Below is an institutional research note written by Hedgeye Potomac Senior Energy Policy analyst Joe McMonigle. If you're an institutional investor email email@example.com to read more Energy Policy research.
OPEC members meet on Thursday, and we expect them to ratify a longer production cut deal extension for 9-months as opposed to just rolling over the current option to extend for another 6 months. Not shock-and-awe but not normal either.
Market sentiment has turned against OPEC in recent weeks, and a 6-month extension would have resulted in almost no immediate impact on prices. Therefore, OPEC believes a 9-month extension into 2018 will provide it with a much-needed sentiment surplus and so far the market likes the move.
As we approach the meeting date, there have been some concerns about two possible surprises at the meeting – Iraq and potential deeper cuts.
We have always believed that Iraq will go along for the ride...
However, Iraq has sent mixed messages about being able to comply for a 9-month extension. This prompted an urgent trip by Saudi Arabia’s oil minister to Baghdad on Tuesday and resulted in a joint announcement with the Iraqi minister that Iraq was on board.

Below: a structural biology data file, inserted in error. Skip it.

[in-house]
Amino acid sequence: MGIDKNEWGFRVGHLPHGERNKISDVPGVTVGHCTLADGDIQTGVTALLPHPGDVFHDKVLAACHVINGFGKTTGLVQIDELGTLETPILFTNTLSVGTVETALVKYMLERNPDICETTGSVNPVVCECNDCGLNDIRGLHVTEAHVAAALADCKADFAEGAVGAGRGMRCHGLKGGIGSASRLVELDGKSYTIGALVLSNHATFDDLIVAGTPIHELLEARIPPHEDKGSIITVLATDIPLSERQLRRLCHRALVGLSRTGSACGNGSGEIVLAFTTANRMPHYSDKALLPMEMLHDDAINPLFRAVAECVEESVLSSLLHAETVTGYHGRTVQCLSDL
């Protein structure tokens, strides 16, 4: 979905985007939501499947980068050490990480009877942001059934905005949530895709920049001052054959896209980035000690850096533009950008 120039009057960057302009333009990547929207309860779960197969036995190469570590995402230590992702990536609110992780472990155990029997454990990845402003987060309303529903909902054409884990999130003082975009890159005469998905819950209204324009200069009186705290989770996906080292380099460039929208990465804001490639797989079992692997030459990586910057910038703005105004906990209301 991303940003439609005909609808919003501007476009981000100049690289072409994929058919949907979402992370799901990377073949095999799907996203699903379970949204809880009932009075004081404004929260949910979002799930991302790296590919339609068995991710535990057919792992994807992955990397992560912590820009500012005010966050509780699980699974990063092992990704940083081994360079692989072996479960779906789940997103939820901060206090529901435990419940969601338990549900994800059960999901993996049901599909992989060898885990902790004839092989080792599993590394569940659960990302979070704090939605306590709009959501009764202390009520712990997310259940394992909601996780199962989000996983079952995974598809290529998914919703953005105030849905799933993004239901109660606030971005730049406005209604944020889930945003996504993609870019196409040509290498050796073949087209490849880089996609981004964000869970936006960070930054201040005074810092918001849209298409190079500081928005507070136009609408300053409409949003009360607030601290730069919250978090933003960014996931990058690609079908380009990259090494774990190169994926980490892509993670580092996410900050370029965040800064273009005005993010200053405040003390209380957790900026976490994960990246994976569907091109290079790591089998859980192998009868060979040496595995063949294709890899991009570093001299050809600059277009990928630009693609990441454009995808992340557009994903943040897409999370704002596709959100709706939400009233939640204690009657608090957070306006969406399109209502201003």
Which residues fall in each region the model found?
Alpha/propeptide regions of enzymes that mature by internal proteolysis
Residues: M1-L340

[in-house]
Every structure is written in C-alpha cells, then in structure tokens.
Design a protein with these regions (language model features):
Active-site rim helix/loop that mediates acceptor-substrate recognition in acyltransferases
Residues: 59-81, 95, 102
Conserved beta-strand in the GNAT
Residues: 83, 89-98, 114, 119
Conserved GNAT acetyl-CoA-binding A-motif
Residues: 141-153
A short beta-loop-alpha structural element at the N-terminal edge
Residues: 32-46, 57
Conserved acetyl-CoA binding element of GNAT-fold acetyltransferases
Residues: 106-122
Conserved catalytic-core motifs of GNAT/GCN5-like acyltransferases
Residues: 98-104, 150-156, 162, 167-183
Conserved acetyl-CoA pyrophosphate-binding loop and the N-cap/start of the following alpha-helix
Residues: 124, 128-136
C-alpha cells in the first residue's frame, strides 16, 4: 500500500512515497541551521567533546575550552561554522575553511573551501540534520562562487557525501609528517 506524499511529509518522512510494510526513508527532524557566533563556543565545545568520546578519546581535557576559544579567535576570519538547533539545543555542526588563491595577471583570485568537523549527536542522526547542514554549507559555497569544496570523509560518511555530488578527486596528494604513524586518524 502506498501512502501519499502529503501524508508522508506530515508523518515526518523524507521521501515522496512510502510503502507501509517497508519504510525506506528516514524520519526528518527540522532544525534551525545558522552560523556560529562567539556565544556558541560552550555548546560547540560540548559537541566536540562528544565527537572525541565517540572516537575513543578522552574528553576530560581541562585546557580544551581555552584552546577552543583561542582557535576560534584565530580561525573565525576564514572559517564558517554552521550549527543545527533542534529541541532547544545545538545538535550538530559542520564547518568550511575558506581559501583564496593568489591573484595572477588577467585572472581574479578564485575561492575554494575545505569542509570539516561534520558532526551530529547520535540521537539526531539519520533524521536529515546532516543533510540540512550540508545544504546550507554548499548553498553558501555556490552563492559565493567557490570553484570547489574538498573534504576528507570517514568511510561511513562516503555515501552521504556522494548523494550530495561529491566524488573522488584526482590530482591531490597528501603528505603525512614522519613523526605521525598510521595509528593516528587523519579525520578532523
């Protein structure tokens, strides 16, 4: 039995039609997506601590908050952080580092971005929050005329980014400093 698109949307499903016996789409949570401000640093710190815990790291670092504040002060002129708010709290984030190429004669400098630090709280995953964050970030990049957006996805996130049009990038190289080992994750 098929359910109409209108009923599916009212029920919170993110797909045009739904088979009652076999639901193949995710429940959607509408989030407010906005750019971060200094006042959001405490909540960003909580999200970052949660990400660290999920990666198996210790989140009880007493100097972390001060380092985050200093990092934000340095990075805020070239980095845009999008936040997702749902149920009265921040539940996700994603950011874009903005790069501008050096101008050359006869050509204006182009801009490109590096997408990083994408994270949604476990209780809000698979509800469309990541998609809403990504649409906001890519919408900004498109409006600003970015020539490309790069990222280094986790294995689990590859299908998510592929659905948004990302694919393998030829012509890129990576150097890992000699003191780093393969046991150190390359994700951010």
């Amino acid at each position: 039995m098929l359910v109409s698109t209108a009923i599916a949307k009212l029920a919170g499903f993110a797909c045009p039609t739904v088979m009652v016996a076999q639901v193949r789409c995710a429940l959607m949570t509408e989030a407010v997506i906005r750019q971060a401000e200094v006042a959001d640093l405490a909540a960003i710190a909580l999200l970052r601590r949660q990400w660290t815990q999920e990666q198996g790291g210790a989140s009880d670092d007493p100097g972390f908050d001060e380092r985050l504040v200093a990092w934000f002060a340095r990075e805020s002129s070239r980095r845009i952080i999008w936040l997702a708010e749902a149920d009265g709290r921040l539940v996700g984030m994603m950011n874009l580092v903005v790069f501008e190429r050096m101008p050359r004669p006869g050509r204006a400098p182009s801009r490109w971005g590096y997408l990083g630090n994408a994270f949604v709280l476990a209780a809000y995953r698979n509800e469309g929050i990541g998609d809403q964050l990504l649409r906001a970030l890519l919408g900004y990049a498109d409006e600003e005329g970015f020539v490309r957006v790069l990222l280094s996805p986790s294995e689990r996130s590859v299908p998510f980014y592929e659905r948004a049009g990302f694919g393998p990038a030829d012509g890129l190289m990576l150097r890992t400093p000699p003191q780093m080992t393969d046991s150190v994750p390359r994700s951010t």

The other concern is about some speculation in the market about OPEC going for a deeper production cut. Kuwait’s oil minister added to the speculation Tuesday by saying it was a possible option for OPEC at the meeting.
We think the probability of a deeper OPEC production cut is very low. It is the wrong time of year for the Saudis to do a deeper cut with upcoming summer demand season in the Kingdom. It is a similar situation faced by almost all other OPEC members. It's a lot for OPEC to get members on board for the 9-month extension; deeper cuts are almost impossible to get consensus now.
Non-OPEC participation in the extension could present some potential snags to increasing positive sentiment. Since Russia agreed to the 9-month extension last week in a joint statement with the Saudi oil minister, we expect OPEC to make a positive forward-looking statement Thursday regarding the Non-OPEC component.
However, Kazakhstan and Oman have indicated some concern about the 9-month extension. OPEC is already looking for replacement producers to mitigate any cracks in Non-OPEC pledges, specifically Egypt or Turkmenistan - small producers that would most likely only pledge small amounts.
Deeper OPEC Cuts?
There is a scenario in which the Non-OPEC component could provide some room for pledges that equate to a "deeper" cut. This would be the case if OPEC is able hold on to all current pledges and add additional pledges by new producers like Egypt or Turkmenistan. However, even if they can pull this off, the math will be insignificant.
Regardless, we believe the market will continue to view non-OPEC compliance, especially Russia, with great skepticism.